NEW YORK – I feel that you may shy away from posting this. I can understand that a message like this may not have been your intention, but we all have some serious problems on our hands.
I’ve spent a large part of my life actively protesting against injustice. I can say that I’ve spent more time doing so in my life than I haven’t, and I’m only 28 years old. At a young age I was exposed to more than the average kid and throughout adulthood, I’ve applied the experience in my attempts to build awareness, and create a better life for those around me, near and far.
I can speak about what brought me into the OWS movement and what had kept me there. I’ve told the story, verbally, upwards of a thousand times. I can share my experiences with police abuse and kettling, unlawful detainments, and all of the other external injustices. After all, that was my occupy story for what feels like a great deal of time, when in reality, it was just the first 4 weeks of the occupation.
The implementation of the tents initially sparked my concern. With tents comes a great risk to our personal security. Steps were not taken to ensure the safety of our fellow occupiers. When attempts were made to raise concern, they were quickly shot down. Why? Because these tents are a victory! We must be excited about this! This is progress! This is also an open invitation to every creep in the park.
Can we all say that after these tents were erected, the police presence had taken a few steps back? Their violence has been suppressed? With the exception of the removal of our generators, we have not heard of any police misconduct. Why do you think that is? It’s simple. They’re leaving us to our own devices. It’s a common method used to control people.
When government authorities interfered with our rights, we remained passionate! Our message was clear and important! I felt genuine love for the person marching beside me. I haven’t felt that way in 2 ½ weeks. In those 2 ½ weeks I see boredom and ambivalence. I hear reports of rape and other assaults. I see, with my own eyes, syringes and crack pipes. More importantly, I see people perpetuating all of what we claim to fight against!
You can say that I’m making sweeping generalizations and that the small group of bad apples should not deter how I feel about the movement. But what happens when there seems to be more rotten than ripe? Don’t get me wrong, I do have many allies there, but they’re dropping in numbers. I often find myself looking out for a familiar and friendly face and cannot seem to locate as many as I would’ve been able to just 2-3 weeks ago.
This wonderful Women’s Tent gave me a lot of hope. Great idea! Maybe, through strength in numbers, women occupying can prevent sexual assaults from happening. If they cannot, at least there’s a safe place for them to rest. I was very excited by the idea. I found my way to the tent on the Friday night it was put up, a miserable night weather-wise. Organization was a bit off but the tent was full and that’s all that mattered to me. This truly felt like a success. On the next night, I took a shift guarding the tent from 2am to 4am (with it being ‘spring ahead’ weekend it was actually a 3 hour shift). Things went well. All of the women seemed to sleep well and my relief took over right on time. I came away from that experience with positive vibes.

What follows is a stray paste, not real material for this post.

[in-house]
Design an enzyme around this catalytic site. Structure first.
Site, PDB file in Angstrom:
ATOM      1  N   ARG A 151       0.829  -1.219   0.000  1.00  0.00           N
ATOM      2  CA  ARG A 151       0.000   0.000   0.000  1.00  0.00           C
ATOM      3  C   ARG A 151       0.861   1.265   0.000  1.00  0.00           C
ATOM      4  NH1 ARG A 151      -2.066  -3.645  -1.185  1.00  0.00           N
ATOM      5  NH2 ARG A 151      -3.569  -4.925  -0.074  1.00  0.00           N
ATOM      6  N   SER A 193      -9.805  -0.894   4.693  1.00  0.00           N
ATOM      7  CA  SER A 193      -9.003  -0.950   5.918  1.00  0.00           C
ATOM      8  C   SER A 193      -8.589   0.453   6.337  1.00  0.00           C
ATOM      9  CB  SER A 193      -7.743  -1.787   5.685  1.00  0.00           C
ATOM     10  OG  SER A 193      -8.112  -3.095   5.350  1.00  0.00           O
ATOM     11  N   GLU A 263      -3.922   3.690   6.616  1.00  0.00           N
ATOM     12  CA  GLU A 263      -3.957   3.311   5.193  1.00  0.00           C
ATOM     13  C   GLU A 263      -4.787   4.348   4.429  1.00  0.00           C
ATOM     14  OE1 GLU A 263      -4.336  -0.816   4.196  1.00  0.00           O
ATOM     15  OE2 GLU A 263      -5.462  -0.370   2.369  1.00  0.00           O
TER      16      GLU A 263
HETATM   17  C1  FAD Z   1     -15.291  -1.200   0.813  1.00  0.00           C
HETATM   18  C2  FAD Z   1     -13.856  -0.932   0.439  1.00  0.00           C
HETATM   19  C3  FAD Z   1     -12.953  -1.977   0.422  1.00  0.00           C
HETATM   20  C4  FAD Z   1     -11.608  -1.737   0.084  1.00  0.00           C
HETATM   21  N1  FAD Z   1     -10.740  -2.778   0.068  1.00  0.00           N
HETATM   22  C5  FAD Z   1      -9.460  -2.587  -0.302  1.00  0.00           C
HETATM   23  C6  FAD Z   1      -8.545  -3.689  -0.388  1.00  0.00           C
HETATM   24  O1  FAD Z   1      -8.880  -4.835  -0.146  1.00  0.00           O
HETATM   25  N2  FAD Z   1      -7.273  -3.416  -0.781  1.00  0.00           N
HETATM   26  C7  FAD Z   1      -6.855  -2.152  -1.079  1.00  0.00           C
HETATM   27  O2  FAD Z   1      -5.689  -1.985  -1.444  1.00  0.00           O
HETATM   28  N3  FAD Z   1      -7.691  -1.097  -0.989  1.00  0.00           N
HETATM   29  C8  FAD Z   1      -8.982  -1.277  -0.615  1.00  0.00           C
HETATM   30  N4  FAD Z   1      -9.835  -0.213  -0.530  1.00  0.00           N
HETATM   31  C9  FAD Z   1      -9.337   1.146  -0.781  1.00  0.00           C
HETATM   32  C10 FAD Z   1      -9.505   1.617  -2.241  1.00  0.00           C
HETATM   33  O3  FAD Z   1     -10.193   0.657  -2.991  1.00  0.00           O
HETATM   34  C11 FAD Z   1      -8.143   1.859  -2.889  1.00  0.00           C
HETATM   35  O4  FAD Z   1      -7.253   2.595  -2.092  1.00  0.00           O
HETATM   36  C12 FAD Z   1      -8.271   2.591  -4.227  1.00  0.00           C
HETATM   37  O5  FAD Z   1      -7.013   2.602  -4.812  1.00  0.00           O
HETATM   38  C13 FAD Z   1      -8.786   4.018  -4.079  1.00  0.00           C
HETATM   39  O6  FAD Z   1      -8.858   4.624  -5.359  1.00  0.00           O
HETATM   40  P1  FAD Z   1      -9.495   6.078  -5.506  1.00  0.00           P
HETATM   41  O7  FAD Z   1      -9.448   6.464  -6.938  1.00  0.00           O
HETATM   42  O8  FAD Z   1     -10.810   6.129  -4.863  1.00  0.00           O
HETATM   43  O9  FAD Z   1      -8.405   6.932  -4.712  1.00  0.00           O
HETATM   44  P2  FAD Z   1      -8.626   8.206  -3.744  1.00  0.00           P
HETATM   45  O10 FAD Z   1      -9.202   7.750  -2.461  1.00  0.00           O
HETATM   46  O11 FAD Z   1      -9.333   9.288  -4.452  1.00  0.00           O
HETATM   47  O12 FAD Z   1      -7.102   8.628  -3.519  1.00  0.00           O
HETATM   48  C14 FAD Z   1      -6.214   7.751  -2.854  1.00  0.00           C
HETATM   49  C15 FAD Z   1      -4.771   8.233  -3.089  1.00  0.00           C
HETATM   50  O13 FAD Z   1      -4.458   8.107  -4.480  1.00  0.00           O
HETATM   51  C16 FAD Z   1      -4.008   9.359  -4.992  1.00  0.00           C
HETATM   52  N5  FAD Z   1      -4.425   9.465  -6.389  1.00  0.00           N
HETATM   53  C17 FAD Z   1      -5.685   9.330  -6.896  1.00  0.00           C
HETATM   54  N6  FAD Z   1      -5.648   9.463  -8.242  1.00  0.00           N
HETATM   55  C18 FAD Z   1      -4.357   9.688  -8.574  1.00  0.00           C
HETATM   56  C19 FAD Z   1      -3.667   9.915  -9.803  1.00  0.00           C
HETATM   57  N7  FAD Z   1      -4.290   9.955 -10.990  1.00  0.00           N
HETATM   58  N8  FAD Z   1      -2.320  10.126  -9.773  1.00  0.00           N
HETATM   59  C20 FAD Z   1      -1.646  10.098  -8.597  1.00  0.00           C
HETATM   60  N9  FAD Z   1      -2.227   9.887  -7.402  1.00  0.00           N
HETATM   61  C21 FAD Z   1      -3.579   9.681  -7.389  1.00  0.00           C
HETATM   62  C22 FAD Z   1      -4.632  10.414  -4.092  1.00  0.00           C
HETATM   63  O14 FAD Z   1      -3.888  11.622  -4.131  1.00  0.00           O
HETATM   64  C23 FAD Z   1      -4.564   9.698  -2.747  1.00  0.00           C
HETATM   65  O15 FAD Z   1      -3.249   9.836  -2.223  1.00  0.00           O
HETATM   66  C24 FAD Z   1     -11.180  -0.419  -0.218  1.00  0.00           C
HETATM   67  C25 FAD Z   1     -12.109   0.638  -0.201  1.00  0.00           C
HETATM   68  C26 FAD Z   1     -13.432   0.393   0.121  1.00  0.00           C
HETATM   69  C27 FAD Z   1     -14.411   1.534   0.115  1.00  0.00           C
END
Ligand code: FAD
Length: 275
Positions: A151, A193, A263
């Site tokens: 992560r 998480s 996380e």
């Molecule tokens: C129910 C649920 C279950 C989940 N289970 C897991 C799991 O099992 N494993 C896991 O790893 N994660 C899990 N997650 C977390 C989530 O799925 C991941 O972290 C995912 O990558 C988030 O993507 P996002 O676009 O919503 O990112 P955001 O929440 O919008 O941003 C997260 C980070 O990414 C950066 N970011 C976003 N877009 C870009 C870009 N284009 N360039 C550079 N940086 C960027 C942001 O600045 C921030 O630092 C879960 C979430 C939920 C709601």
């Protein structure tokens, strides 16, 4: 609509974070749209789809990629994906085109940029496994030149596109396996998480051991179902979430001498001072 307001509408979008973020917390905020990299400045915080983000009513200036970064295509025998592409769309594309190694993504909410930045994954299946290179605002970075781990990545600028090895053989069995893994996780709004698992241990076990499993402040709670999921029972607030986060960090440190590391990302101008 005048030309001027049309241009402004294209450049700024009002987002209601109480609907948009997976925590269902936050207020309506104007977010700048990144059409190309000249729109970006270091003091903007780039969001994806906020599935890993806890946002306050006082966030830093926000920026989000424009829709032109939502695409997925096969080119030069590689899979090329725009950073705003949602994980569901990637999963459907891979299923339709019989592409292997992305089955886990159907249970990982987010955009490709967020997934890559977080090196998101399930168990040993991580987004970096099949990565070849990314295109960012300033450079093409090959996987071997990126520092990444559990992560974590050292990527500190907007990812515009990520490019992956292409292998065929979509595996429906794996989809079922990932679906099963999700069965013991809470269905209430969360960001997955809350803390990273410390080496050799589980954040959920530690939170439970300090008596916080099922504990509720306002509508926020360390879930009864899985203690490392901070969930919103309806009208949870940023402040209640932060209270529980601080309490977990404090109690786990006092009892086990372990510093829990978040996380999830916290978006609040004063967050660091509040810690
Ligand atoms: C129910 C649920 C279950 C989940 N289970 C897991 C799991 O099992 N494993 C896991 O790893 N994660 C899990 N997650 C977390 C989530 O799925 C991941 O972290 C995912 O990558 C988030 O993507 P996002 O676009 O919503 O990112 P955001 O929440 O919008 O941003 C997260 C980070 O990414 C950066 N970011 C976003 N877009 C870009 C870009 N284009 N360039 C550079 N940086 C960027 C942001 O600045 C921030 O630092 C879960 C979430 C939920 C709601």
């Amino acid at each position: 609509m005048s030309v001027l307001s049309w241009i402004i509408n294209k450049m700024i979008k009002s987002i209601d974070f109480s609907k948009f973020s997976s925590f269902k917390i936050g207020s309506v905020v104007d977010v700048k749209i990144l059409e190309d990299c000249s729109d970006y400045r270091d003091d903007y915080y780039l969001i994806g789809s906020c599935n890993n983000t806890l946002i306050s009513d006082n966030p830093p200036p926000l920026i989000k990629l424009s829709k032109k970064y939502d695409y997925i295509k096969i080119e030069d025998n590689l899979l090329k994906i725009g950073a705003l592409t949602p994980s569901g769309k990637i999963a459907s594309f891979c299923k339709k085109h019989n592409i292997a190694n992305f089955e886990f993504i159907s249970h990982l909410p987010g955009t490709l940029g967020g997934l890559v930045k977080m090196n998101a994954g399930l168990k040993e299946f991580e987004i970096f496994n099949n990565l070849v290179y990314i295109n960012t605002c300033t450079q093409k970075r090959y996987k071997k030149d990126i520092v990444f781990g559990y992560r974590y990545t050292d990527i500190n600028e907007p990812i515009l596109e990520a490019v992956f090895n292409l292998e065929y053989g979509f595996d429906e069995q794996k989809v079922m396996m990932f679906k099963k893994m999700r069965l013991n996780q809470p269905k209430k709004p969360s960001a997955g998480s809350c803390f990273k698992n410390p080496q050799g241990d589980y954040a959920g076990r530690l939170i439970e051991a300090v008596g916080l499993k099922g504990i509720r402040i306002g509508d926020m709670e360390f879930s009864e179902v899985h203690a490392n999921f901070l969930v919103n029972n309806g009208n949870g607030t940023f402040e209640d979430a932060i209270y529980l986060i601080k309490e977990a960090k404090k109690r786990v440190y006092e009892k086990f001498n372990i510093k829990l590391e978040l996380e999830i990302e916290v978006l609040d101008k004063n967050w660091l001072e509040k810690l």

Fast forward to Tuesday, just four nights after the tent was put up, and vibes are not so positive anymore. A woman seems to have hijacked the tent, claiming it as her own, verbally assaulting anyone who questions her. It has now been turned into a working group, that is not very inclusive to women that are from other female working groups. She spends a great deal of time speaking about how hard she worked to put a tent in place yet she is downright rude to anyone who speaks to her, turning what should be a welcoming place into a very ugly idea. I wanted to know more about her intentions so I signed up for a 2 hour shift at the tent. In those two hours I listened to her berate me about working groups I affiliate myself with, and accuse us for things that I can say with most certainty are not true. At one point I realized that she wasn’t working with a full deck of cards, but did what I could to assure her that no one wanted to hurt her in any way. While I was doing this I was also trying to assure those that were inquiring about the tent (many were new to the occupation entirely) that it would be alright for them to stay in the tent. She was very paranoid, fearing that the tent would be taken away from her, and wanted to control those staying inside of the tent.
I stayed longer than two hours. It didn’t feel right to leave this idea behind. Then when the woman turned to me to let me know that a friend of hers would be coming back to the table with a few bottles of vodka, I knew it was my time to walk away.
I’m not sure if I will be returning, to the tent, or to the park at all. It seems that the occupation of Zuccotti has fallen out of the hands of the remarkable people it sprung from, and is now in the care of those who have lost the will to treat one another with respect. I truly hope I can be proven wrong, though I don’t think I have the strength to make it right.